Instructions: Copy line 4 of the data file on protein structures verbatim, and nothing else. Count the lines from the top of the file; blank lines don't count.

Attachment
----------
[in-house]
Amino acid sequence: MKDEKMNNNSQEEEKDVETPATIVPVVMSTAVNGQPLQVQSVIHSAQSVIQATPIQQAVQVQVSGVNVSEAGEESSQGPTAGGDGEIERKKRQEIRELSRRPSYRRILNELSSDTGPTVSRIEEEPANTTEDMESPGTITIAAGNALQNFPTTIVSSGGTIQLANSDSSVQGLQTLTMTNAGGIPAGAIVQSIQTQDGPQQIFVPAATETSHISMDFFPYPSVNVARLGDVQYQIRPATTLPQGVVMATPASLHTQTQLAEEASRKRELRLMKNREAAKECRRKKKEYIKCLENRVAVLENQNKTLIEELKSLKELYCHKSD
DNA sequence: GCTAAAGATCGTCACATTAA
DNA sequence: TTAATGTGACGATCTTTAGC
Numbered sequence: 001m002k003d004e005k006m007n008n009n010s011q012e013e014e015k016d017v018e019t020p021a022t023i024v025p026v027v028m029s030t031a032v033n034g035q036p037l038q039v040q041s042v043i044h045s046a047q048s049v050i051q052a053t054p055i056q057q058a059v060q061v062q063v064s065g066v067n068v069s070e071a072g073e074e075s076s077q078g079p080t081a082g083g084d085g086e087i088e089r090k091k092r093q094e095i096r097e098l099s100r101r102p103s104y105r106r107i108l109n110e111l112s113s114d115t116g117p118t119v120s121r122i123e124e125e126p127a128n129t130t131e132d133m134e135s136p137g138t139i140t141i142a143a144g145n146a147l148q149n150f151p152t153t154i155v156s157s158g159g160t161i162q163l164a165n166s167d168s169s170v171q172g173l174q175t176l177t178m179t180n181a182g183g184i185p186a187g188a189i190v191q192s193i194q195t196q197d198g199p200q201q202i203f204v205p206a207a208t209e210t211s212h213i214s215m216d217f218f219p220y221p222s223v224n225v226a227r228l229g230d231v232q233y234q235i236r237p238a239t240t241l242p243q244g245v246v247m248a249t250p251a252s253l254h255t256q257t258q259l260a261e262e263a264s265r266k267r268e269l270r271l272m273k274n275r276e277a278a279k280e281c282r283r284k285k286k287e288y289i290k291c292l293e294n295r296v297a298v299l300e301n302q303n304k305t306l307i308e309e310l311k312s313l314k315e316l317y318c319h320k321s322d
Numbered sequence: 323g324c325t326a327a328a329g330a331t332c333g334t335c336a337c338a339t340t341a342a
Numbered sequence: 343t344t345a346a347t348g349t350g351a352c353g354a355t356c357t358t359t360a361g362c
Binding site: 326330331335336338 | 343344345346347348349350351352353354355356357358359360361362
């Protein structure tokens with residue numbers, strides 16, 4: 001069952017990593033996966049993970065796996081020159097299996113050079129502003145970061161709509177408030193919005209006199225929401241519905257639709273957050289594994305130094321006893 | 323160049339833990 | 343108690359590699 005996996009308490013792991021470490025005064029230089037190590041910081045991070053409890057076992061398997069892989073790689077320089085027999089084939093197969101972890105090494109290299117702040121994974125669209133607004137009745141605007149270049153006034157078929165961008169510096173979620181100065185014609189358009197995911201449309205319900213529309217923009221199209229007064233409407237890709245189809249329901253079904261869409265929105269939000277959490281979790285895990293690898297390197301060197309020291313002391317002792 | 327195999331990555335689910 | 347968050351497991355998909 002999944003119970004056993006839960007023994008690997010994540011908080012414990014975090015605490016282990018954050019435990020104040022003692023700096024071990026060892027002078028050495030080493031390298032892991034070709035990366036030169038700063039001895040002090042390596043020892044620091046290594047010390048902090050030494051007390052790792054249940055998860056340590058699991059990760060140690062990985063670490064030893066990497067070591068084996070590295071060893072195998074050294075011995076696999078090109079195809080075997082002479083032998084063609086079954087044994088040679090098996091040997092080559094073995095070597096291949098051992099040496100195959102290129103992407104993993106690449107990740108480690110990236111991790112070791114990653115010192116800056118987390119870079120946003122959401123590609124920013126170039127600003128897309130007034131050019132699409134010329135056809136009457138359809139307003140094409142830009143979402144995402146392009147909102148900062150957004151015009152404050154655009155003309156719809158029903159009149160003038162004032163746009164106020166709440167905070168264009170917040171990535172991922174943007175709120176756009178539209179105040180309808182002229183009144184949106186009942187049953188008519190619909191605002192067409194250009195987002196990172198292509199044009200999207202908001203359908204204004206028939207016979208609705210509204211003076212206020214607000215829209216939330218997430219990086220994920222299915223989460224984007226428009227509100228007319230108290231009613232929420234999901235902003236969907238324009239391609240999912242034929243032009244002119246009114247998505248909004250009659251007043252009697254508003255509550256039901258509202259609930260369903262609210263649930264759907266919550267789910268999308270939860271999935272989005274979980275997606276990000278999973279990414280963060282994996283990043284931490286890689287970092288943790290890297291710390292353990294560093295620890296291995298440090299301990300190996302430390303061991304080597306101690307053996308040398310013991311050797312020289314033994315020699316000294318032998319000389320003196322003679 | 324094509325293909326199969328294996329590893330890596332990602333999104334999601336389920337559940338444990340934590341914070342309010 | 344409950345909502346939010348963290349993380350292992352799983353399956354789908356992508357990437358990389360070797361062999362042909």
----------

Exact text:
DNA sequence: TTAATGTGACGATCTTTAGC